LIMONOV, by Emmanuel Carrère, translated from the French by John Lambert (Farrar, Straus & Giroux). Like this maddening, electrifying book—equal parts biography, adventure yarn, and ode—the Russian writer and sometime political agitator Eduard Limonov is a shape-shifter. Born in 1943, he has been a foundry worker and a poet in the U.S.S.R.; a bum and a butler in New York; a literary star in Paris; a fighter in the Balkans; the leader of an ultra-nationalist party in Moscow. Carrère recognizes the risk of being seduced by his subject’s outsize life and macho self-mythologizing. «There were times when I hated Limonov», he confesses, but he is drawn to Limonov’s determination to be «a hero, a truly great man». Carrère’s prose has a brash punk energy; his refusal to flatten Limonov with easy judgment gives the book its life.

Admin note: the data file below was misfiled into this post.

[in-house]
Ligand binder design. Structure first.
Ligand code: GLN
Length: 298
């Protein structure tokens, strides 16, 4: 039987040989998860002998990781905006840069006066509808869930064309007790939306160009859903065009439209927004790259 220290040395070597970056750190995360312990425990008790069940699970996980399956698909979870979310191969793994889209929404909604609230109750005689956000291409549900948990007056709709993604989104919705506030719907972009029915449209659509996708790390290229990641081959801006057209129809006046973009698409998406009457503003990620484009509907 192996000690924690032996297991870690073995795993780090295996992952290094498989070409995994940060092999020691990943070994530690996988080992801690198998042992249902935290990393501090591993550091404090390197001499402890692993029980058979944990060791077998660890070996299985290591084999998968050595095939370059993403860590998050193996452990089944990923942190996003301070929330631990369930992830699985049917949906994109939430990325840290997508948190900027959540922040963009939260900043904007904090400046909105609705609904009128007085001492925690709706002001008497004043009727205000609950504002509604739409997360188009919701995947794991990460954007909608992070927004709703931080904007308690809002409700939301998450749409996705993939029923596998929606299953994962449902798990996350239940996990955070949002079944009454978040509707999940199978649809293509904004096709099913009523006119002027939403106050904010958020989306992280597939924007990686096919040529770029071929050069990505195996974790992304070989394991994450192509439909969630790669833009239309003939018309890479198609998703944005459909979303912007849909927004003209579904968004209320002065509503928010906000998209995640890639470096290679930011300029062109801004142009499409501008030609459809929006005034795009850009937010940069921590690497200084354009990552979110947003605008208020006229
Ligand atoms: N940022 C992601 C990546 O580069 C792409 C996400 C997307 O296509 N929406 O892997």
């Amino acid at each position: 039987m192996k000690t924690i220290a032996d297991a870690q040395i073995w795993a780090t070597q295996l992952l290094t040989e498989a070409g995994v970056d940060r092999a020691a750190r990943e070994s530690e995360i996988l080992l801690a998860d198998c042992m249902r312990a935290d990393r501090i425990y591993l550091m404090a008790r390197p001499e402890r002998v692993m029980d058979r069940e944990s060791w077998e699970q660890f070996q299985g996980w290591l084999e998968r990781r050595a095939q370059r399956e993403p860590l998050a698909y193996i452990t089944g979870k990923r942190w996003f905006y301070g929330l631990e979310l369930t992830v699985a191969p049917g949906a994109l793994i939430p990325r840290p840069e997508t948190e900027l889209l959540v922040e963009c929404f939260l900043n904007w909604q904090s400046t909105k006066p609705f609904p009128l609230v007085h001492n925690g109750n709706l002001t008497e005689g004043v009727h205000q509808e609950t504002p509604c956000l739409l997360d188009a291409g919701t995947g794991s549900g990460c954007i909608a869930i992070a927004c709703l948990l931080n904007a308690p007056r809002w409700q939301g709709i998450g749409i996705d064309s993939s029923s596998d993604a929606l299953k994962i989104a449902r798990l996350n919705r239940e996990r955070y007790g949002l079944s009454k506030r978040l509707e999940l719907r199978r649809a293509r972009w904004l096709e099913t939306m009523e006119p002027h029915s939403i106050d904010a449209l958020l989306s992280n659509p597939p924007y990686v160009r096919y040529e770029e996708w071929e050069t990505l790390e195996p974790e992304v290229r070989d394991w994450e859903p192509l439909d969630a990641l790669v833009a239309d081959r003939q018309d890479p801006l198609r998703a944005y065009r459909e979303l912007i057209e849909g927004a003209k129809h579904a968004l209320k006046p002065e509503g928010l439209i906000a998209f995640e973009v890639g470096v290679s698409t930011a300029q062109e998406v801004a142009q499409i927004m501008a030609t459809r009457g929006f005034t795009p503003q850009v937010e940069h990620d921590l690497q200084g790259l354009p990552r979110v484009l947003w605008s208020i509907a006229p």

«The New Yorker», 17 november 2014